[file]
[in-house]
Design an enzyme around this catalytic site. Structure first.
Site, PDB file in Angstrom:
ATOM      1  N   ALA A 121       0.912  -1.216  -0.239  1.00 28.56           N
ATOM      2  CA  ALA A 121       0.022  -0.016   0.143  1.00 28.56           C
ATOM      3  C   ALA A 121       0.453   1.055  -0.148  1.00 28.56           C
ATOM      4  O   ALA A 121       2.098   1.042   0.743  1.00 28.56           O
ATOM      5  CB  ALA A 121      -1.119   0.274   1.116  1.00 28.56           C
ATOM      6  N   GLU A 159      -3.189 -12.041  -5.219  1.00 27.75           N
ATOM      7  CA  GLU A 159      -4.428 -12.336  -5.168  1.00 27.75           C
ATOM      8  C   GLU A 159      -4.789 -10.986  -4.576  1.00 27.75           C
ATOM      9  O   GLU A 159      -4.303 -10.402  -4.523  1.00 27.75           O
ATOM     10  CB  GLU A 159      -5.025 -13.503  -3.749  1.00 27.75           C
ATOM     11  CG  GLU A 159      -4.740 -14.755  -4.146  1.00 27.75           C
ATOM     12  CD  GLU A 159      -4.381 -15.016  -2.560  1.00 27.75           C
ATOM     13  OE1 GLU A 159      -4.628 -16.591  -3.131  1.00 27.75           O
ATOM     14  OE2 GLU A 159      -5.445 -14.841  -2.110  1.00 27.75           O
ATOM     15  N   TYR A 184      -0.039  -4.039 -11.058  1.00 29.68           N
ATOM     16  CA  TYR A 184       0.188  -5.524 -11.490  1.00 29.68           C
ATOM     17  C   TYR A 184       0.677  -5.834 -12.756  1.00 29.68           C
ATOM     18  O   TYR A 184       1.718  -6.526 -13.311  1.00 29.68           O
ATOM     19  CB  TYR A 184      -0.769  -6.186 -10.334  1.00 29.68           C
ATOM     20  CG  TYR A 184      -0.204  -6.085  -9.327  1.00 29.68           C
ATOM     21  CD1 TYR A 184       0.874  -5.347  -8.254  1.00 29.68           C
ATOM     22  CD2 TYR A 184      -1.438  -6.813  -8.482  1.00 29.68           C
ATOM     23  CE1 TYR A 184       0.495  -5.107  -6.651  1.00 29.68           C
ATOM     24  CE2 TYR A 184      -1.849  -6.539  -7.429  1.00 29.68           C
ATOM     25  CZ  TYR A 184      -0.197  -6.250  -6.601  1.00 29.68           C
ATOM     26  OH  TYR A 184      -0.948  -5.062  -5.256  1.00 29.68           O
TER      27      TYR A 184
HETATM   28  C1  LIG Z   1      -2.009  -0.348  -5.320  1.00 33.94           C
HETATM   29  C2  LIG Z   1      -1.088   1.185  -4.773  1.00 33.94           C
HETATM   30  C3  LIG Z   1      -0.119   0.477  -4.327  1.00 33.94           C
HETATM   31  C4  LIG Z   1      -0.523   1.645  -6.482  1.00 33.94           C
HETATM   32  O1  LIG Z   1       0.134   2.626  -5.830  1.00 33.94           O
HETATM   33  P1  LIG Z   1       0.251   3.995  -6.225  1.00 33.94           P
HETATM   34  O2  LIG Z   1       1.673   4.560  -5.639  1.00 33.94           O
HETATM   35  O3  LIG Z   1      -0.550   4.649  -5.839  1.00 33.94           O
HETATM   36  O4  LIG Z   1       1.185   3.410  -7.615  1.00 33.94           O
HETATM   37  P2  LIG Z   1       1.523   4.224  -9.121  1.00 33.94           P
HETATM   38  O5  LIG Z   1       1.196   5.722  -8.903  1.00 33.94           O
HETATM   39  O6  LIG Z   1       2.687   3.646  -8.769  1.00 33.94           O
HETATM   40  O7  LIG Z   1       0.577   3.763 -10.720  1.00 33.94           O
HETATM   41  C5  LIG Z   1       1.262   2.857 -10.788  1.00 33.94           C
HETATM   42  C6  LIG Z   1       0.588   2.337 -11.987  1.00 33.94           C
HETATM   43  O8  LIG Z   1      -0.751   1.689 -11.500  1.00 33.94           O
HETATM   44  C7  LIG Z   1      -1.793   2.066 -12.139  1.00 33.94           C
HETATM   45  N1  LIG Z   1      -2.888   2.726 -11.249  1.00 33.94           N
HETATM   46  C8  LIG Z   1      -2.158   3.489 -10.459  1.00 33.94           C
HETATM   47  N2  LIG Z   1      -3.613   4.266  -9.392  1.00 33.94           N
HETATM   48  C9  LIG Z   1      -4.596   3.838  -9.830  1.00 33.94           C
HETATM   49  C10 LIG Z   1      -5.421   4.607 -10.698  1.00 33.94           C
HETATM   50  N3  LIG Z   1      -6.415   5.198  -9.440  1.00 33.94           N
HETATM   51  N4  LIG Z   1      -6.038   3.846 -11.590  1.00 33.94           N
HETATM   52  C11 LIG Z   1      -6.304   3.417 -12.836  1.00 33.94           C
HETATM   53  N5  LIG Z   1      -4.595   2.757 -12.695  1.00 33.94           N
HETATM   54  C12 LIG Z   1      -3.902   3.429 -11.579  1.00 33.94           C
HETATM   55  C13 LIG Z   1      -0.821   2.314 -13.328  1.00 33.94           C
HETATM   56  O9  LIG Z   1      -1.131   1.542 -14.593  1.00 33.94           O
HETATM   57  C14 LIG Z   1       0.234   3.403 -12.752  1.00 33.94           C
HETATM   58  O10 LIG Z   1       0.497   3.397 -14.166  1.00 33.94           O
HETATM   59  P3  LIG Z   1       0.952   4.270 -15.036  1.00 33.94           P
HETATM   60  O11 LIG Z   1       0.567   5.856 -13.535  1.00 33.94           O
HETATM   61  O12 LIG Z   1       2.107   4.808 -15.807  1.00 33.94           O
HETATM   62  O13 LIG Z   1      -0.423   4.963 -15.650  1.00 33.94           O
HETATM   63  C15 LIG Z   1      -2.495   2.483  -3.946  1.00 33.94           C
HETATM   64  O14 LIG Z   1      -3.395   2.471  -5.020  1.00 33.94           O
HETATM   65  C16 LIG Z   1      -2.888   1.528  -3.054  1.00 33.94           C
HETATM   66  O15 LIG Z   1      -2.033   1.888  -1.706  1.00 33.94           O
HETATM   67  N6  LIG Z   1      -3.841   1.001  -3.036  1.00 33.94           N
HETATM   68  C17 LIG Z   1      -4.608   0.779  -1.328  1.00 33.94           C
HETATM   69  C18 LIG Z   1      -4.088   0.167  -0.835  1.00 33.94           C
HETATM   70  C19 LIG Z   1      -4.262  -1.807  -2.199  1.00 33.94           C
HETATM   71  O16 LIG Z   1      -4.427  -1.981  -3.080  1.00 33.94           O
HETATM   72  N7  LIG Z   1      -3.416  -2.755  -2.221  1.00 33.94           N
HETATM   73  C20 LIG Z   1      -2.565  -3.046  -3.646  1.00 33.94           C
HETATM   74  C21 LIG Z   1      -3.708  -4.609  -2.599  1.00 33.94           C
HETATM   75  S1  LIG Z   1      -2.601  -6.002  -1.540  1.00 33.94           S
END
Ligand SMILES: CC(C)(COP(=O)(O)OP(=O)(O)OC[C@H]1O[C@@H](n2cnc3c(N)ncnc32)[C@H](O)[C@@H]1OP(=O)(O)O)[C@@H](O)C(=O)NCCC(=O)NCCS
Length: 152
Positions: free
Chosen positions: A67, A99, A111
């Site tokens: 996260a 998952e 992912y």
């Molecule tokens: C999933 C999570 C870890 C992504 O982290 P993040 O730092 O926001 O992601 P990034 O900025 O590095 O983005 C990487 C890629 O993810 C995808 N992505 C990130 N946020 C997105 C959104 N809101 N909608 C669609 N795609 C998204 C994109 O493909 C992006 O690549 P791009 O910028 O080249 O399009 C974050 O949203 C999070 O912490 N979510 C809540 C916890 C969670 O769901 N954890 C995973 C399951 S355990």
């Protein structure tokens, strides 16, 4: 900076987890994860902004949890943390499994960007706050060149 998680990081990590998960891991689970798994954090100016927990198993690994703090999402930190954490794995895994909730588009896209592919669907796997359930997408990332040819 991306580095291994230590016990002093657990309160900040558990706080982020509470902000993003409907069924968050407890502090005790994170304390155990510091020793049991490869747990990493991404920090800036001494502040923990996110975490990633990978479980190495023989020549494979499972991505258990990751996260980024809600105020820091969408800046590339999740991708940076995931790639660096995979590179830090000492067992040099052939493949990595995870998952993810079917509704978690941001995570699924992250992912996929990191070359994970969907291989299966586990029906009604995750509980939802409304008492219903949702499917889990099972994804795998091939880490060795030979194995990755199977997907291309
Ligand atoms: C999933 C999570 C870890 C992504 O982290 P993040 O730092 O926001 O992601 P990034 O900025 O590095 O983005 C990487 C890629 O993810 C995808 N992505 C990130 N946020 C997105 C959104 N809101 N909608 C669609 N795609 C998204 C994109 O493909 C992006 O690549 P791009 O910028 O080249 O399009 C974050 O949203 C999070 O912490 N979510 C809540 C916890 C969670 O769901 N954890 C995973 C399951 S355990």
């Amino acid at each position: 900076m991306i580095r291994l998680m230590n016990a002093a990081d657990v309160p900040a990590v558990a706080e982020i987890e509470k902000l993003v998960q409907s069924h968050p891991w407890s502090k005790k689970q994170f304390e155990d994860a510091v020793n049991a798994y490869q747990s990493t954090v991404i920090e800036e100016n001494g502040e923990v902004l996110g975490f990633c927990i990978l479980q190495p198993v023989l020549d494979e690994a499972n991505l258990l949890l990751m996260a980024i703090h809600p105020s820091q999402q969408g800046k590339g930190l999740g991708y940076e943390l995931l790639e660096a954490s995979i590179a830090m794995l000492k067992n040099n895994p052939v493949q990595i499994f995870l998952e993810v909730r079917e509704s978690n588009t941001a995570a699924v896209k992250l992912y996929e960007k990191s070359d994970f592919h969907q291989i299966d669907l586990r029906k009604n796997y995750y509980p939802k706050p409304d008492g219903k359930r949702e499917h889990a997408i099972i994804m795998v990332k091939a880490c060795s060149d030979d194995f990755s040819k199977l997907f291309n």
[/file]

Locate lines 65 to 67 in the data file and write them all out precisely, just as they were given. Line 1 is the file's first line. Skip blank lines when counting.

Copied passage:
HETATM   62  O13 LIG Z   1      -0.423   4.963 -15.650  1.00 33.94           O
HETATM   63  C15 LIG Z   1      -2.495   2.483  -3.946  1.00 33.94           C
HETATM   64  O14 LIG Z   1      -3.395   2.471  -5.020  1.00 33.94           O